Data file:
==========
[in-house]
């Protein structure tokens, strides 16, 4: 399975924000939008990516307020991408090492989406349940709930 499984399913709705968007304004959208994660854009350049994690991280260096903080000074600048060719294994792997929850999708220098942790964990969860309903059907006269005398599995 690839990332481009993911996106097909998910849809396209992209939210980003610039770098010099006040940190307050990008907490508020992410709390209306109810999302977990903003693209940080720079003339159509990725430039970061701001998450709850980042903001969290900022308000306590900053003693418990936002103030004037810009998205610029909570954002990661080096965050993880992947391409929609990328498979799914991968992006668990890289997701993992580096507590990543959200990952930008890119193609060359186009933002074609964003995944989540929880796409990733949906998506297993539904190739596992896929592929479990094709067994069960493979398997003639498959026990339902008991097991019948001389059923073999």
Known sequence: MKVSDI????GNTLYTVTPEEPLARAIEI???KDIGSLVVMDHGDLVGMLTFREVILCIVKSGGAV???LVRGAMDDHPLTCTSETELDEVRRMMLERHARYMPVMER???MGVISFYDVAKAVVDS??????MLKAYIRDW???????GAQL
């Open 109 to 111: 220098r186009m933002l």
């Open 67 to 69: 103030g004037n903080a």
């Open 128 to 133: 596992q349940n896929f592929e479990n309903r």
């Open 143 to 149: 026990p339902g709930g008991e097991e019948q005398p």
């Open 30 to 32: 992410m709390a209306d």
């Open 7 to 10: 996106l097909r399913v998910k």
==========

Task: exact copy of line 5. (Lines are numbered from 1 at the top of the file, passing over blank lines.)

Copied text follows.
């Open 67 to 69: 103030g004037n903080a």